Can the war against global terrorism be won? Or do two badly bent prongs in America's anti-terrorist campaign, in Afghanistan and Iraq, suggest that the war is unwinnable, in part because the US has engaged in unrealistic realpolitik, flouted international law and disregarded human rights?
Anyone saying that human rights should inform political and military strategies is likely to be dismissed as a crank. Know-alls would probably advise the crank that politics and war are arts of the possible - or impossible - and that the end justifies the means, etc.
But the charter of the United Nations, signed soon after the end of the second world war in Europe in June 1945, is a reminder that international law and human rights are intrinsic to peace and security.
That does seem a far cry from the deliberate cold-shouldering of human rights and international law since the US mounted a global anti-terrorist campaign in September 2001. "If you don't violate someone's human rights some of the time," revealed an American counter-terrorism official in 2004, "you probably aren't doing your job." But political cynicism and inhumane warfare have yet to show signs of a successful anti-terrorist war, rather the opposite. Increasing Taliban violence in Afghanistan, where the war against terrorism started, the mess created by the illegal Anglo-American invasion of Iraq, and the talk of western "exit strategies" and "retreat", bear this out.
The anti-Taliban war was rightly legitimised by the UN security council in 2001. But it is now in trouble. Part of the reason is America's misjudgment that terrorism could be quashed by joining forces with Pakistani generals who are contemptuous of human rights and train Taliban and al-Qaida extremists. Not surprisingly, Nato's anti-terrorist offensive been hobbled by the spread of Taliban thuggery in Afghanistan - and into north-western Pakistan. Unfortunately, there have also been reports of American personnel - and their counterparts in the Afghan government - using excessive force, carrying out arbitrary detentions and mistreating Afghans in custody. And a poorly conceived and coordinated campaign has reportedly resulted in more civilians being killed by indiscriminate Nato bombing than by Taliban militants.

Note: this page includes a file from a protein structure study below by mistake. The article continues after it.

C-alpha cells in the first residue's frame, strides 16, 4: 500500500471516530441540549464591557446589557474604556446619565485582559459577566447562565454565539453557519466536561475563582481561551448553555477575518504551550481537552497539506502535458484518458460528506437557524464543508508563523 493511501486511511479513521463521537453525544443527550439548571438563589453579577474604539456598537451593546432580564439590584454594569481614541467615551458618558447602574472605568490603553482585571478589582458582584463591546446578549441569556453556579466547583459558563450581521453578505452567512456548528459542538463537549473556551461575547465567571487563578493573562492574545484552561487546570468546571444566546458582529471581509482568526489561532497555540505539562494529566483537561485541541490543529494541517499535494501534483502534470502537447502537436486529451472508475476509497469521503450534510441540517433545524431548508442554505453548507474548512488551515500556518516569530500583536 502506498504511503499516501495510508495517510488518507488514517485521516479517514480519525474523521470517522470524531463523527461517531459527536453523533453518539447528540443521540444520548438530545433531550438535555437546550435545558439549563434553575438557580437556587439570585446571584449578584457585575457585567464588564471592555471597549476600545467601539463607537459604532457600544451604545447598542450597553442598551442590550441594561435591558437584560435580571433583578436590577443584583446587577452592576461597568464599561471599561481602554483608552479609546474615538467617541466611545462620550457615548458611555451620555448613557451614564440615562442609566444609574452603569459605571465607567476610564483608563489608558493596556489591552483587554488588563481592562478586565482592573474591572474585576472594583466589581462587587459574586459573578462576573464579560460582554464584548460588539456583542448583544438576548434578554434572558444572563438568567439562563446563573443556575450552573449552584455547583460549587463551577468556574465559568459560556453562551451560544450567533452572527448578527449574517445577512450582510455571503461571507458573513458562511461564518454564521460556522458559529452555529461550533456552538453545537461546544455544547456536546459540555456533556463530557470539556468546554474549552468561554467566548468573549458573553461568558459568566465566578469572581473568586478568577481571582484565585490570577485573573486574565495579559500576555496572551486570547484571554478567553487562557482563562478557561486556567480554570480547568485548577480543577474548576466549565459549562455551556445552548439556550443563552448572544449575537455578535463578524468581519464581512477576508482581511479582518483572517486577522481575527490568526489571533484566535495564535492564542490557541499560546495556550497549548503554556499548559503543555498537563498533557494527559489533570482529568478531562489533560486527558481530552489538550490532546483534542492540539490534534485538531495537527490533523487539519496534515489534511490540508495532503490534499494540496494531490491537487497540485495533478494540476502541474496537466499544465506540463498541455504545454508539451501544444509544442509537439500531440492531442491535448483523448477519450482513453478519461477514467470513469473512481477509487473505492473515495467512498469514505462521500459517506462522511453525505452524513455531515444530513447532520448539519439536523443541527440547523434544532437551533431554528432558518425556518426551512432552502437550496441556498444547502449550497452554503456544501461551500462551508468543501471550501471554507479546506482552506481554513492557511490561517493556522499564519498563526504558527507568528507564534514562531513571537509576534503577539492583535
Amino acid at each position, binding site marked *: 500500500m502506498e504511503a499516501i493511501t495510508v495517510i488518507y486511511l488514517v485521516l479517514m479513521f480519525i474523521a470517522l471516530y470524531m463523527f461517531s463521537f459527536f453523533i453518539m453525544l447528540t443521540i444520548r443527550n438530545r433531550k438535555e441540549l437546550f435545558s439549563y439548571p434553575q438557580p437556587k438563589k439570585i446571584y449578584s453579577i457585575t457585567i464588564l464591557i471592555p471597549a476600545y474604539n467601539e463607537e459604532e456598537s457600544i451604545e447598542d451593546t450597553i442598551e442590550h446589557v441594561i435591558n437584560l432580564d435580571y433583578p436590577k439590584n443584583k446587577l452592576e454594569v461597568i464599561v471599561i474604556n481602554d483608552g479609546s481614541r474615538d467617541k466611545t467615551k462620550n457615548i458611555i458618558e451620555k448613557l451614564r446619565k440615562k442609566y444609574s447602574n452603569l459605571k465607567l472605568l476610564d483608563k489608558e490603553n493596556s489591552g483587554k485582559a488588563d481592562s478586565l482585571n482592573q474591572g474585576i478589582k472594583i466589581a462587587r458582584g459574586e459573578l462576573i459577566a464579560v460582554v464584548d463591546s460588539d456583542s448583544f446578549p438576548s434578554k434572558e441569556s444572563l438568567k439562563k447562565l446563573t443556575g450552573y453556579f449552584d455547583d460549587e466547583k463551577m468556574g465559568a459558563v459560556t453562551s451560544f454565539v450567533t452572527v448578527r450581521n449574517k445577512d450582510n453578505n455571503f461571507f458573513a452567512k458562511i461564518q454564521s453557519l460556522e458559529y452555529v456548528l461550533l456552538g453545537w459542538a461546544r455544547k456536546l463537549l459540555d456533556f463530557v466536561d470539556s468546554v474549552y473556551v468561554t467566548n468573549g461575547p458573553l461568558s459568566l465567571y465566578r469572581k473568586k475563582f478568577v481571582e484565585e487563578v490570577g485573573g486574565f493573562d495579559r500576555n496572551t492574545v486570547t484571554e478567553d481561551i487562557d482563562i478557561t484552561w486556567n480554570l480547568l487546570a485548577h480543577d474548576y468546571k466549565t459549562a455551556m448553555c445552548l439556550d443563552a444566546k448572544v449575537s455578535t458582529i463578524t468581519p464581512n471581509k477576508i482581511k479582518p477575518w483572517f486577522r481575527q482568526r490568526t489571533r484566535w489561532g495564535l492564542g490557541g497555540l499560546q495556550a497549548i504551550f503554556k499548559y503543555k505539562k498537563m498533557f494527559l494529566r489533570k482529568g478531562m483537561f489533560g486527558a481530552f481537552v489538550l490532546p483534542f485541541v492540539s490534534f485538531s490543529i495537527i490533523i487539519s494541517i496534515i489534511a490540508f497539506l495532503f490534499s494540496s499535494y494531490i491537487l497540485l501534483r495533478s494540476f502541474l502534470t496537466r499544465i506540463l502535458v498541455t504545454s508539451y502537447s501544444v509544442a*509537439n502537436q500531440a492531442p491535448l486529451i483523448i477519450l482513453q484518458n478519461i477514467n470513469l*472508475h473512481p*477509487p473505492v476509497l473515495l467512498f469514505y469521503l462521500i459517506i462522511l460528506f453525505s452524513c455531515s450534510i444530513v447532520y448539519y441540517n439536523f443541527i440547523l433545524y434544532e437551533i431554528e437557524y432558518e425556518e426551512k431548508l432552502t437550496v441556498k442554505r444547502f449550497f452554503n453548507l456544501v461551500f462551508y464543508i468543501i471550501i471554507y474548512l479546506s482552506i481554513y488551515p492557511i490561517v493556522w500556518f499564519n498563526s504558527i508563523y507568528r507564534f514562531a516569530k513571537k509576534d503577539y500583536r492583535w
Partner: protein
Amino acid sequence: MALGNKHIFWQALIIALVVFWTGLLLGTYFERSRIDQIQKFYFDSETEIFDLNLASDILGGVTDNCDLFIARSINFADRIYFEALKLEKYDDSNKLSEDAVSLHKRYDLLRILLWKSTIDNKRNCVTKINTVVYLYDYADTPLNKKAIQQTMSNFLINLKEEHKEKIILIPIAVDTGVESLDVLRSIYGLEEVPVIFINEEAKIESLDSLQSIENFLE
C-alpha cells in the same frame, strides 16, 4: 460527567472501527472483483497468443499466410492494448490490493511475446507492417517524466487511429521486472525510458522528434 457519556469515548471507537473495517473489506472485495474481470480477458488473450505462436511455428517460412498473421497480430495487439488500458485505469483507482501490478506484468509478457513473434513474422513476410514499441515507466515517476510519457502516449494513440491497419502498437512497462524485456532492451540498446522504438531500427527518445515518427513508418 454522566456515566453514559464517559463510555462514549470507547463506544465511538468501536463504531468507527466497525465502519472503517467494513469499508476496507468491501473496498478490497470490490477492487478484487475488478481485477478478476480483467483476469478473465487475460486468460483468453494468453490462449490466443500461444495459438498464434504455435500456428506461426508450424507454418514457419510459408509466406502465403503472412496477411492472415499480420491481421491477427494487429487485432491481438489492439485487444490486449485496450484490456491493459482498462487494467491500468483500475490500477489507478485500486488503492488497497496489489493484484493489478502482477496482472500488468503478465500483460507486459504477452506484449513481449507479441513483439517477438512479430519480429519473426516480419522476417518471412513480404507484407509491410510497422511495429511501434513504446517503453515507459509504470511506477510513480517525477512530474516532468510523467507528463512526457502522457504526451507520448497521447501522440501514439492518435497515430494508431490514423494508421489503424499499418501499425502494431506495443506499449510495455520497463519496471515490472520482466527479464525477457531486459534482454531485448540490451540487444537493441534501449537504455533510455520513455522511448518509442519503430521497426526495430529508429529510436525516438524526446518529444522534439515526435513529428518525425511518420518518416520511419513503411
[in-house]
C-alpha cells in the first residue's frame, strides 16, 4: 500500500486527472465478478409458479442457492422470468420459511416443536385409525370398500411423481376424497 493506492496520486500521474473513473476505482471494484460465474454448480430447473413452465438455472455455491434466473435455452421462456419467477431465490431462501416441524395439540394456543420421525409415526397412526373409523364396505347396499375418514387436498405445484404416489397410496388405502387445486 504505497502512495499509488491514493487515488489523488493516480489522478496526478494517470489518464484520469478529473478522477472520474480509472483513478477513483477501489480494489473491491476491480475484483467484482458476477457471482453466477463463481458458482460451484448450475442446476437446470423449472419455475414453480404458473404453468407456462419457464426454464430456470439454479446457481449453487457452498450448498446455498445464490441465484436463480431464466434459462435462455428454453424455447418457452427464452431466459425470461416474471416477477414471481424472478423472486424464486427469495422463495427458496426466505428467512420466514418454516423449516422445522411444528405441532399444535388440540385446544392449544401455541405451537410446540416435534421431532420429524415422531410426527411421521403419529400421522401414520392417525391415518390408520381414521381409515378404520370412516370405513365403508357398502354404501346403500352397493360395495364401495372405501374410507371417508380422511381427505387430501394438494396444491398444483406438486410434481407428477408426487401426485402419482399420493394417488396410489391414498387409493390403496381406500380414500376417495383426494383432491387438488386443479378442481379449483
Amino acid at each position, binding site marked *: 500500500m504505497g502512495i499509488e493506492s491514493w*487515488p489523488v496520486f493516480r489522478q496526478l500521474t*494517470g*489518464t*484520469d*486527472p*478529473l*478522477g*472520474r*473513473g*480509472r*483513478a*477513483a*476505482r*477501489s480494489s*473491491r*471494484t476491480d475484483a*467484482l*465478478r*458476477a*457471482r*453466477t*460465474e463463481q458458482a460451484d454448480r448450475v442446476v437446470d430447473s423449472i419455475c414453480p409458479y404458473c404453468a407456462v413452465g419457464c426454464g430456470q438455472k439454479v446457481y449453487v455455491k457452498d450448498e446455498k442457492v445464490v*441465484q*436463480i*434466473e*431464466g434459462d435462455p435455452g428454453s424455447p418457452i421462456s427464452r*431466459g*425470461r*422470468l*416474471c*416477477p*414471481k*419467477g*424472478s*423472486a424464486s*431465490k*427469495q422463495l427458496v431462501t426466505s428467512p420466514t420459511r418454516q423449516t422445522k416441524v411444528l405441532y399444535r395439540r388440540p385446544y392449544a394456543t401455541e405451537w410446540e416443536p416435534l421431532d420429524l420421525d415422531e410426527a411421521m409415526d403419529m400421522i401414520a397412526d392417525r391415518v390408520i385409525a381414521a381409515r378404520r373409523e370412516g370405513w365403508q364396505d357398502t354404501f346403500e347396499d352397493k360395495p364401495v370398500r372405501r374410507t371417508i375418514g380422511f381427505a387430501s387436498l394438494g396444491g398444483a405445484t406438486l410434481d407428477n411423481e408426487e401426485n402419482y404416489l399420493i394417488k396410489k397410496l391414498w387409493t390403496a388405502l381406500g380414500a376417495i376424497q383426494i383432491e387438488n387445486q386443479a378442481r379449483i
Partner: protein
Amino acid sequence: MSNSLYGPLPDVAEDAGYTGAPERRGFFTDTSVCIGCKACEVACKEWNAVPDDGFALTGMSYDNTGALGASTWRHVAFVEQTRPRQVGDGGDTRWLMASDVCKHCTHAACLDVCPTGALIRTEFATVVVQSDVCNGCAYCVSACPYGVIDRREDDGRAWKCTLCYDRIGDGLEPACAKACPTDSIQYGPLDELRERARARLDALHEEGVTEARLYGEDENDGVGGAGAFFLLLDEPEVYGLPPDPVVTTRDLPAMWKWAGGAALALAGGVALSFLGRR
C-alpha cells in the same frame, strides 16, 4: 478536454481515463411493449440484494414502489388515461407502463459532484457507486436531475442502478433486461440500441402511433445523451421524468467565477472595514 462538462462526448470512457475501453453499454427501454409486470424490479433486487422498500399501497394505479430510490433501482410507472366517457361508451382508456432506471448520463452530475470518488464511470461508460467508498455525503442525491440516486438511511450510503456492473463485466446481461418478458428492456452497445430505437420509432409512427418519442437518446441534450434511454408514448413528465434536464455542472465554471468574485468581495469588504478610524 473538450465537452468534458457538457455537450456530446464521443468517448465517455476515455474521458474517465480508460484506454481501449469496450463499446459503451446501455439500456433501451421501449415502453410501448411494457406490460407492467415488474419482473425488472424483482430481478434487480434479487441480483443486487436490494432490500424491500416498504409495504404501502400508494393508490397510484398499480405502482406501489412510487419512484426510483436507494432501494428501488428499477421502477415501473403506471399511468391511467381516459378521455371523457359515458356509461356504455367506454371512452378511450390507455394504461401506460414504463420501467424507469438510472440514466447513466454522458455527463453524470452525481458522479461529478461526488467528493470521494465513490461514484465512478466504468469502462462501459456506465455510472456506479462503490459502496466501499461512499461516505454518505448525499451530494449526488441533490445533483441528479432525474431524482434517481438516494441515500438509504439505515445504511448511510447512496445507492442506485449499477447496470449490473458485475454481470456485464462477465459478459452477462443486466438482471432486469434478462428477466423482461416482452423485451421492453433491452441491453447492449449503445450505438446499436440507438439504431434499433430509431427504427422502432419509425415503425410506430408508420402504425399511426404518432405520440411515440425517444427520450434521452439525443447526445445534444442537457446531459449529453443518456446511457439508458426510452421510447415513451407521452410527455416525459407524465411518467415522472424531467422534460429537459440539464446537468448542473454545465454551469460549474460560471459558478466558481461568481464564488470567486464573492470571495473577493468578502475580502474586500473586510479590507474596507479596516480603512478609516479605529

At another level, since the end of the cold war, nothing has raised scepticism about the effectiveness of international law as much as "Iraq". During the early 1990s many westerners - and the UN - justified armed, humanitarian intervention aimed at stopping human rights abuses by states. But who intervenes when an illegal invasion by the US, the world's most powerful democracy and the unchallenged leader of the west, results in the deaths of more than 100,000 Iraqis and the displacement of more than 4 million, Guantánamo Bay, the hell of Abu Ghraib, secret prisons, and when the freely elected American president seeks to legalise the use of torture as an instrument of state policy? That question, unanswered by western political pundits, accounts in considerable measure for charges of cultural and political imperialism against the west. Indeed, the west has lost credibility as a force for building security through adherence to international law and human rights norms.
Terrorists have to be fought with guns. But it is hard to see what western interests have been advanced by coming together with Pakistani dictators fomenting terrorism and by an unlawful invasion of Iraq.
That being the case, is it not time for the west to place human rights high on its agenda again, and to make the effort to practise what it preaches? Given the disorder in Iraq, Afghanistan, and northwest Pakistan, caused by the unrealistic cynicism that law and human rights are dispensable in war, it might be worthwhile to take a cue from the UN charter and try to reconcile international law and human rights with security. Terrorists can only make headway with a measure of local support or connivance. To win over ordinary Afghans and Iraqis, Nato and American forces must respect human rights and local sensibilities. Extremists are not popular, in Afghanistan or Iraq, but they can only be routed by western soldiers who are gentlemen.
Anita Inder Singh is a professor at the Centre for Peace and Conflict Resolution in New Delhi.
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